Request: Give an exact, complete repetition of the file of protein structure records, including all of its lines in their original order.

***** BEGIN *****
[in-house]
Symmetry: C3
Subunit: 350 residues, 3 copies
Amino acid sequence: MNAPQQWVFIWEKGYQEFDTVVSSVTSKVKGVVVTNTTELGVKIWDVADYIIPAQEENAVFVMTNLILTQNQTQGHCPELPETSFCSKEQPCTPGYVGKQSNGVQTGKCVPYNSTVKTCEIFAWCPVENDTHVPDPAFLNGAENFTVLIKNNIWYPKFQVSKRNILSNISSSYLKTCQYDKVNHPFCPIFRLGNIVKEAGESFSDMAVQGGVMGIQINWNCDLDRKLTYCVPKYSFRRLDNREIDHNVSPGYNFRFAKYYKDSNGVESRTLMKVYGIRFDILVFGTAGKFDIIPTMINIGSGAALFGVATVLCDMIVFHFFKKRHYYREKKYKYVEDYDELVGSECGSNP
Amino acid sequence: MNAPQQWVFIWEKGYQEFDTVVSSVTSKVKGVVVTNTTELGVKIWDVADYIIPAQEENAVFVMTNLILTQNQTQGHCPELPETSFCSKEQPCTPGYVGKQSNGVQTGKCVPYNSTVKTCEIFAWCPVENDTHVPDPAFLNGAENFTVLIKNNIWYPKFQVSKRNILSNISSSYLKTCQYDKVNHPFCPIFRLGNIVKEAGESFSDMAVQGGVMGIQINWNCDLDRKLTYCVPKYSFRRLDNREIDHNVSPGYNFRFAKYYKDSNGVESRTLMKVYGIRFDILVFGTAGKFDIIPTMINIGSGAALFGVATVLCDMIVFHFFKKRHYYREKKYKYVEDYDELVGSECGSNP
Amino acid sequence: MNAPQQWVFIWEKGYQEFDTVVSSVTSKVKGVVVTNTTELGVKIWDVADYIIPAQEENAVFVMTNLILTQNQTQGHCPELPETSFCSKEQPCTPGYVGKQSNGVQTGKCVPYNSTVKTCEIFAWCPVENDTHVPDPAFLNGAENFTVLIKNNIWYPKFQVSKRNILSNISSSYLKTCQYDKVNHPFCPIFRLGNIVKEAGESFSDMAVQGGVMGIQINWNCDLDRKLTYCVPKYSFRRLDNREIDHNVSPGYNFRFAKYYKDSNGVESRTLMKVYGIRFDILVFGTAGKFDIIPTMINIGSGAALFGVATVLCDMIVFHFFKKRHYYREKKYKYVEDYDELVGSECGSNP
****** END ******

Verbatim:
[in-house]
Symmetry: C3
Subunit: 350 residues, 3 copies
Amino acid sequence: MNAPQQWVFIWEKGYQEFDTVVSSVTSKVKGVVVTNTTELGVKIWDVADYIIPAQEENAVFVMTNLILTQNQTQGHCPELPETSFCSKEQPCTPGYVGKQSNGVQTGKCVPYNSTVKTCEIFAWCPVENDTHVPDPAFLNGAENFTVLIKNNIWYPKFQVSKRNILSNISSSYLKTCQYDKVNHPFCPIFRLGNIVKEAGESFSDMAVQGGVMGIQINWNCDLDRKLTYCVPKYSFRRLDNREIDHNVSPGYNFRFAKYYKDSNGVESRTLMKVYGIRFDILVFGTAGKFDIIPTMINIGSGAALFGVATVLCDMIVFHFFKKRHYYREKKYKYVEDYDELVGSECGSNP
Amino acid sequence: MNAPQQWVFIWEKGYQEFDTVVSSVTSKVKGVVVTNTTELGVKIWDVADYIIPAQEENAVFVMTNLILTQNQTQGHCPELPETSFCSKEQPCTPGYVGKQSNGVQTGKCVPYNSTVKTCEIFAWCPVENDTHVPDPAFLNGAENFTVLIKNNIWYPKFQVSKRNILSNISSSYLKTCQYDKVNHPFCPIFRLGNIVKEAGESFSDMAVQGGVMGIQINWNCDLDRKLTYCVPKYSFRRLDNREIDHNVSPGYNFRFAKYYKDSNGVESRTLMKVYGIRFDILVFGTAGKFDIIPTMINIGSGAALFGVATVLCDMIVFHFFKKRHYYREKKYKYVEDYDELVGSECGSNP
Amino acid sequence: MNAPQQWVFIWEKGYQEFDTVVSSVTSKVKGVVVTNTTELGVKIWDVADYIIPAQEENAVFVMTNLILTQNQTQGHCPELPETSFCSKEQPCTPGYVGKQSNGVQTGKCVPYNSTVKTCEIFAWCPVENDTHVPDPAFLNGAENFTVLIKNNIWYPKFQVSKRNILSNISSSYLKTCQYDKVNHPFCPIFRLGNIVKEAGESFSDMAVQGGVMGIQINWNCDLDRKLTYCVPKYSFRRLDNREIDHNVSPGYNFRFAKYYKDSNGVESRTLMKVYGIRFDILVFGTAGKFDIIPTMINIGSGAALFGVATVLCDMIVFHFFKKRHYYREKKYKYVEDYDELVGSECGSNP